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chelle21689's avatar

Is HR valuable to a company?

Asked by chelle21689 (5085 points ) January 19th, 2014 from iPhone

Update on the new HR coordinator job, I like the organization and my job (even though I do grunt work sometimes like scanning and copying lol) I still have in the back on my mind that one day it’d be nice to start something of my own like a staffing agency.

I asked someone if me building experience in HR learning about laws and interviewing candidates for positions would help contribute to starting a staffing agency one day (along with trying to build connections).

The answer I had wasn’t good. He said HR is usually the first to get cut, is seen as an expense, is often outsourced, and not very valuable. Is this true? If so, that sucks for me!

P.S my job mainly consists of screening resumes, tracking them, interviewing, onboarding, and orientations, etc. not exactly recruiting or head hunter type stuff

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8 Answers

BosM's avatar

If your goal is to one day have a staffing company the work you are doing is very valuable to help you achieve that. The person you spoke to had a “glass half empty” perspective on HR. HR is important, very many reasons – recruitment, retention, benefit administration, compensation, management development, etc.

Employees are often viewed as an organizations largest and most important resource and many companies are hiring what they refer to as Chief People Officer. HR is still important.

JLeslie's avatar

HR is seen as an expense, because they don’t directly produce revenue, and often HR is cut, but usually it is cut when other parts of the business are being cut also.

Doesn’t matter, HR also can move from one industry to another. My husband was in technology when tech was hot in the 90’s and then when that started to fizzle he moved to another industry, and now he is working for retail. He specialized in compensation and benefits, one of the better paid of the HR catagories. He has saved companies he has worked for millions of dollars, he works directly with finance and C-level at the level he is at now. If you love HR keep on keeping on. Well run businesses understand the value and the importance of HR. Do you speak two languages? I remember your family is from Asia? That might be a huge asset for you. Multicultural experience in HR can get you higher pay. Director level HR makes usually between $50k and $150k, not bad. VP levels $100k to $300k. Then up from there for higher positions. Don’t let anyone tell you HR is a bad career path if you love it.

The experience you are getting working for companies is important for your endngoal of owning a staffing agency. Your knowledge of what it is like working inside of companies will help you relate to staffing needs and how HR thinks.

It sounds like you are doing great! Don’t let negative voices take away your enthusiasm, esoecially if the person you are talking to is not HR, or is in HR but hasn’t moved up the ladder. My husband has really enjoyed working in HR.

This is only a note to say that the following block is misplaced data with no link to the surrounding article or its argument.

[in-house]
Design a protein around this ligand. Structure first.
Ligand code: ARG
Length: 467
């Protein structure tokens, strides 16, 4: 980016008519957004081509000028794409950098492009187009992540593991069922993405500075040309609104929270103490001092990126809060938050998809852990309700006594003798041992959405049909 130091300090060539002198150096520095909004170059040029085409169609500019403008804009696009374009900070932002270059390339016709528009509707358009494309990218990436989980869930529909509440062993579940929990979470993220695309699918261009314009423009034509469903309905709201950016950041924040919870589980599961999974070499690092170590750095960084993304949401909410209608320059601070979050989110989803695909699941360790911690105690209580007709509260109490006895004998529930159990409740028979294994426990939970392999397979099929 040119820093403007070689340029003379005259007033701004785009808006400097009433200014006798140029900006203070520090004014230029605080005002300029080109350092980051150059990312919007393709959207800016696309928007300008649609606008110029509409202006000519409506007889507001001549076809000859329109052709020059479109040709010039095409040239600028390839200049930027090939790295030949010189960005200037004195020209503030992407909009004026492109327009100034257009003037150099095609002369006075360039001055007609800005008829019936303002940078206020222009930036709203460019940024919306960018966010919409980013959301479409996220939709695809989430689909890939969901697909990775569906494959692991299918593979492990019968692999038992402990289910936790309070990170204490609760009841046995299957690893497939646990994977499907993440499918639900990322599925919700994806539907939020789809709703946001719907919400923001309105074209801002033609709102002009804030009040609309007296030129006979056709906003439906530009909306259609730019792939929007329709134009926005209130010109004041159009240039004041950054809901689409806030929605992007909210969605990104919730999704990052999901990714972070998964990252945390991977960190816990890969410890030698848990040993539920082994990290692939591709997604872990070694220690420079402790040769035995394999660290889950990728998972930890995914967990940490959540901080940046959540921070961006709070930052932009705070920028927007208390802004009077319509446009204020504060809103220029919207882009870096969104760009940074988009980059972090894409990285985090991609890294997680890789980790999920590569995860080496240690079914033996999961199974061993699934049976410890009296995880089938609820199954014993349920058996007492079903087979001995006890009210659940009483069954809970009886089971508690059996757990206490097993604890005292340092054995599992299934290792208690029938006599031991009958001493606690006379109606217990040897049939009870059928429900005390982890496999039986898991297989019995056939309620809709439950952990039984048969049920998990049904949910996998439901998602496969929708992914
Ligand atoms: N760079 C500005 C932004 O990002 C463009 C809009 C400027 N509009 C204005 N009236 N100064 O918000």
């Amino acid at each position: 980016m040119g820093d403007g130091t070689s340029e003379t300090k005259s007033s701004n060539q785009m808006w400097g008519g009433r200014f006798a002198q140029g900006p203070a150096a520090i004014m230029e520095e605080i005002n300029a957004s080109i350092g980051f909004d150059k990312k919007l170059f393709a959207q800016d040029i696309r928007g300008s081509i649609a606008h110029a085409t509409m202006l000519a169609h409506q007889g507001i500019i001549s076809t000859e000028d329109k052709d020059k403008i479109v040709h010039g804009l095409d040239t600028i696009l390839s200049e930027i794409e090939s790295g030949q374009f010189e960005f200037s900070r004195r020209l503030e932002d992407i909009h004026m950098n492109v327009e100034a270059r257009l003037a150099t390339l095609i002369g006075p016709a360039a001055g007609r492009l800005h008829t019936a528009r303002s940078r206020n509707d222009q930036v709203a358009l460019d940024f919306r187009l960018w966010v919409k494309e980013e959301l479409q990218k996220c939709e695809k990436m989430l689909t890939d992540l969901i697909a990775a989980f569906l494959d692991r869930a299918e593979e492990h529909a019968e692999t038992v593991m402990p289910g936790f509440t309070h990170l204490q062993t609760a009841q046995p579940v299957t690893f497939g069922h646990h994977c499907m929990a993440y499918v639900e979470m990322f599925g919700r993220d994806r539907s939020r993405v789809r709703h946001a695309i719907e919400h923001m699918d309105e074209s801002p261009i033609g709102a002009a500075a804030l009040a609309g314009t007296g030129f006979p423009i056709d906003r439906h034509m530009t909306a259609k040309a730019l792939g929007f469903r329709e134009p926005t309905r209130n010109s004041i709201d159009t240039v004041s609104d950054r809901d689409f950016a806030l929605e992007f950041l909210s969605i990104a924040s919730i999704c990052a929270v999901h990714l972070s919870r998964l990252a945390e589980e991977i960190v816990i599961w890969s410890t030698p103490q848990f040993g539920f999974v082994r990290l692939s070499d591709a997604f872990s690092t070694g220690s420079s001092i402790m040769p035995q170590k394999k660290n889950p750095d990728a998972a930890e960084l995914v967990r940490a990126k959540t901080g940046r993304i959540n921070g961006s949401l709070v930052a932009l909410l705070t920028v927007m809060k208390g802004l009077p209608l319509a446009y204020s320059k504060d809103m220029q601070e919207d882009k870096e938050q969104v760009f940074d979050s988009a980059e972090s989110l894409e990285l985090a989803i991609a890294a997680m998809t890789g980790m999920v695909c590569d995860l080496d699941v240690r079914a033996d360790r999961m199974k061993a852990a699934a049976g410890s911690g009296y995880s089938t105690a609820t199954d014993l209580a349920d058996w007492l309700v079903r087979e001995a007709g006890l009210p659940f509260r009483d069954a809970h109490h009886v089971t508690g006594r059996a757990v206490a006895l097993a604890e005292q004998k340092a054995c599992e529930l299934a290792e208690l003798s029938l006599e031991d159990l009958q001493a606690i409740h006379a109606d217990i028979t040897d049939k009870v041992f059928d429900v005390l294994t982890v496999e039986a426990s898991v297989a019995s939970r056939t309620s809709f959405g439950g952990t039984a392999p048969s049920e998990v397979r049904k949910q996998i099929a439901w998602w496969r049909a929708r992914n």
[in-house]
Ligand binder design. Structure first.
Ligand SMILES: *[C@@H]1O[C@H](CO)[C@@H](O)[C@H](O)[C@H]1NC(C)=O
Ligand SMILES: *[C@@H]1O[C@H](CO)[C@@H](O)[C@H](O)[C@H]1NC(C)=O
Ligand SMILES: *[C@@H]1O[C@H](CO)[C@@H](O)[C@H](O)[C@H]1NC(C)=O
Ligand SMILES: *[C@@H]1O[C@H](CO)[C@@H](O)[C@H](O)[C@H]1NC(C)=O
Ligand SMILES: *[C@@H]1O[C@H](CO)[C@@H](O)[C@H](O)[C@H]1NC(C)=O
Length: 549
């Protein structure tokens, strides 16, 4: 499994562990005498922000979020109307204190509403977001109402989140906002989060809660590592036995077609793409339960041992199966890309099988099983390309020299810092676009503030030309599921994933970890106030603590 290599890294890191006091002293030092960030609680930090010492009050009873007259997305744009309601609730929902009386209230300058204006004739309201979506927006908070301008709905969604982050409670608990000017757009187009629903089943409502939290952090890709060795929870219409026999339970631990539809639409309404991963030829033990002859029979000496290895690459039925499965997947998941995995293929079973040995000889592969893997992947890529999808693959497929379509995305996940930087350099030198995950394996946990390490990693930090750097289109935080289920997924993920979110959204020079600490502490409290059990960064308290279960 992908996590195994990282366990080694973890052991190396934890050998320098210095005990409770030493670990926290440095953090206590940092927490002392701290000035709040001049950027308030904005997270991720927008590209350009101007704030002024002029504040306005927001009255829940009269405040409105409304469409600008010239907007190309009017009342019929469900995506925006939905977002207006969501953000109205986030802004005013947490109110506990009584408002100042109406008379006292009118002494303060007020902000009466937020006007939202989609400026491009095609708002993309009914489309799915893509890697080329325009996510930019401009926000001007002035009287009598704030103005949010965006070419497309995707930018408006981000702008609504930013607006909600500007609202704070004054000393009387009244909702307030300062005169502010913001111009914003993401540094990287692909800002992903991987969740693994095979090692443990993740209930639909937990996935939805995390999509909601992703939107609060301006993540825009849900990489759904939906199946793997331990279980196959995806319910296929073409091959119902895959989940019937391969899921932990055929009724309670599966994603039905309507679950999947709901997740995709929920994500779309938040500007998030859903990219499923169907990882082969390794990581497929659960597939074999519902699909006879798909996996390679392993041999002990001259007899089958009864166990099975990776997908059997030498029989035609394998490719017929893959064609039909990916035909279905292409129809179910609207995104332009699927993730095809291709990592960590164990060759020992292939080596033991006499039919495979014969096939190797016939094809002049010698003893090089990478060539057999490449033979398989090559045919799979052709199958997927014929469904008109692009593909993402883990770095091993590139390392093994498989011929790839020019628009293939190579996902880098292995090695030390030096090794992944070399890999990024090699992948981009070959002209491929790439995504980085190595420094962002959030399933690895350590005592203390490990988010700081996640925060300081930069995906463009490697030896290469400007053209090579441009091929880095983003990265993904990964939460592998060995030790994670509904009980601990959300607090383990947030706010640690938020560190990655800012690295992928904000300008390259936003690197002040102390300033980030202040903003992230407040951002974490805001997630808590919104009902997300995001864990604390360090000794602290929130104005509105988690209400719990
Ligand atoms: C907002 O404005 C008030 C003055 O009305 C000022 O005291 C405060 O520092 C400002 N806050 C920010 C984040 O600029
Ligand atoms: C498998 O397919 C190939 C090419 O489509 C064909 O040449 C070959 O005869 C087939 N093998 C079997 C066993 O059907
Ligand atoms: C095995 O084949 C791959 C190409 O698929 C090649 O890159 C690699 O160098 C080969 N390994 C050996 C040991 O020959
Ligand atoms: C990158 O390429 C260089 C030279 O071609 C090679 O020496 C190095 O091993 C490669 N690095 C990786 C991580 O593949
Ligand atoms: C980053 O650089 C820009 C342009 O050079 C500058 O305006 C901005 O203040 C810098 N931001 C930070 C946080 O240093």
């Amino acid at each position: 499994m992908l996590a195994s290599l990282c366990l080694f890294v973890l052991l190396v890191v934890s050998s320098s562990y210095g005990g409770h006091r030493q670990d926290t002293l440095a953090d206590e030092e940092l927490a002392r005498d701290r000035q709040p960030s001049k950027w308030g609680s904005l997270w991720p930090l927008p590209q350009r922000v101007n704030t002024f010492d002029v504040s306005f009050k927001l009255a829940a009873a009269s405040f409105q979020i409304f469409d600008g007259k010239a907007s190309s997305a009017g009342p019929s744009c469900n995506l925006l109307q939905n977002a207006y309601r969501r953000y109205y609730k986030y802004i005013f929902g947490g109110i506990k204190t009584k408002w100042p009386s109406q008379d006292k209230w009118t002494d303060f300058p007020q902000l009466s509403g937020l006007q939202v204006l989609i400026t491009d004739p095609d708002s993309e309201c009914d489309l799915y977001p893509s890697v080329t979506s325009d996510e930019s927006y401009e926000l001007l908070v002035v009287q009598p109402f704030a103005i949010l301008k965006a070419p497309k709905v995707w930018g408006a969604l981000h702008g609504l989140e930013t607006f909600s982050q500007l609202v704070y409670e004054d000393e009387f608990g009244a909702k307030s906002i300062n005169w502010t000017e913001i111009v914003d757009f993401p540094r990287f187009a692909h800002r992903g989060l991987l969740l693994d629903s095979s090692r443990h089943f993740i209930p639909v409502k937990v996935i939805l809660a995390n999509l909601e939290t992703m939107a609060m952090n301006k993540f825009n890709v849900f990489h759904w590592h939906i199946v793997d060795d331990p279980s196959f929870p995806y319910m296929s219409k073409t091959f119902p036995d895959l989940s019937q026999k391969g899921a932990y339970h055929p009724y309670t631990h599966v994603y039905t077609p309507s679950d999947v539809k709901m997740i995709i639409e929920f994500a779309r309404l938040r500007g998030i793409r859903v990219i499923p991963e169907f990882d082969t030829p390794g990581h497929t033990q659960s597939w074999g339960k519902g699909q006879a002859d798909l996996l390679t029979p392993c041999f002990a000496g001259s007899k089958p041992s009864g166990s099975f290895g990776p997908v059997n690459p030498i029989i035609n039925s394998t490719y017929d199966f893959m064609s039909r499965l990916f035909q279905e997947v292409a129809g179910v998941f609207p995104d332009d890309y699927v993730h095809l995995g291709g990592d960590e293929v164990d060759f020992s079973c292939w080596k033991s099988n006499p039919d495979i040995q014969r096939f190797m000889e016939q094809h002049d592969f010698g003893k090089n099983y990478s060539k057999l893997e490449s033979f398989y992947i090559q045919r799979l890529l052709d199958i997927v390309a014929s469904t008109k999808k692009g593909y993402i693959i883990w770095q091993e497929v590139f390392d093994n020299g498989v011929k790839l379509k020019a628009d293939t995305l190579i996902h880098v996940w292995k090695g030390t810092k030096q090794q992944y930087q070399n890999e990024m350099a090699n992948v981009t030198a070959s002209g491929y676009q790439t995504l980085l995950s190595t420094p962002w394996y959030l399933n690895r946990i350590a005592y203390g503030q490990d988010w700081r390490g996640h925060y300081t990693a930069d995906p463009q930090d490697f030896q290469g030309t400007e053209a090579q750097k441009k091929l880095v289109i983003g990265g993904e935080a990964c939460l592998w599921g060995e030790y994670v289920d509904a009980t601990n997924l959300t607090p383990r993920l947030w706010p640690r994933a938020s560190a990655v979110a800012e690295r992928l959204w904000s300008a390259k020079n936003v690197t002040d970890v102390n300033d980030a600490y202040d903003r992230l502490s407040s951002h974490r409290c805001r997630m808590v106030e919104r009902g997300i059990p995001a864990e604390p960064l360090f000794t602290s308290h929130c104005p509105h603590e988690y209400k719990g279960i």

elbanditoroso's avatar

Truly depends on the company and the role they play. In a small company where HR is sort of a necessary evil, and they don’t have a role in selecting and grooming people, it’s not much of a benefit.

In a large company where they manage the hiring process and do a lot of quality control on incoming candidates, and vet the process, it’s very beneficial. (I’ve worked for both types of companies, and the difference is like night and day).

If HR are allowed to do their hob well, it can be a huge asset.

glacial's avatar

I think it’s essential if the company is very large. But if the company is small, it is pointless.

tobycrabtree's avatar

For companies that consider employees their most valuable assets, human resources has extreme value. In the most general sense, HR serves to motivate employees to top performance and maintain an organizational culture of high morale.

chelle21689's avatar

Thanks for the responses. I see myself in HR long term but it’s just a nice thought to own something my own one day as I have always liked. It’s either that or the grocery my parents own if it’s not given to someone else lol.

I would hate to see it go down the hands of someone not family or even worse be shut down. But it’s nice to do something yourself, create it, and grow it

zenvelo's avatar

@chelle21689 Internal HR is often consider a drag on a company because it is part of overhead, and is generally an allocated expense to the revenue producing divisions. But that’s why your idea of a staffing agency is a good one. A lot of companies view outsourcing HR activities to be much better than having it in house. If you learn all about HR from top to bottom, you can go sell your services to a number of companies, and eventually have your own successful business.

It will take sometime, but start now and get to know the HR business inside and out, from laws to employee training programs.

LostInParadise's avatar

HR skills, like teaching skills, depend to an extent on understanding people. It is difficult to measure these skills, but that does not mean they are unimportant. A job applicant can do a great job at a technical interview, but if the person’s personality does not mesh with fellow workers then hiring him/her could be a disaster. You need some understanding of how the company is run, but you also need some inherent understanding of people, which I presume that you have. Like teaching, your skills will improve with experience.

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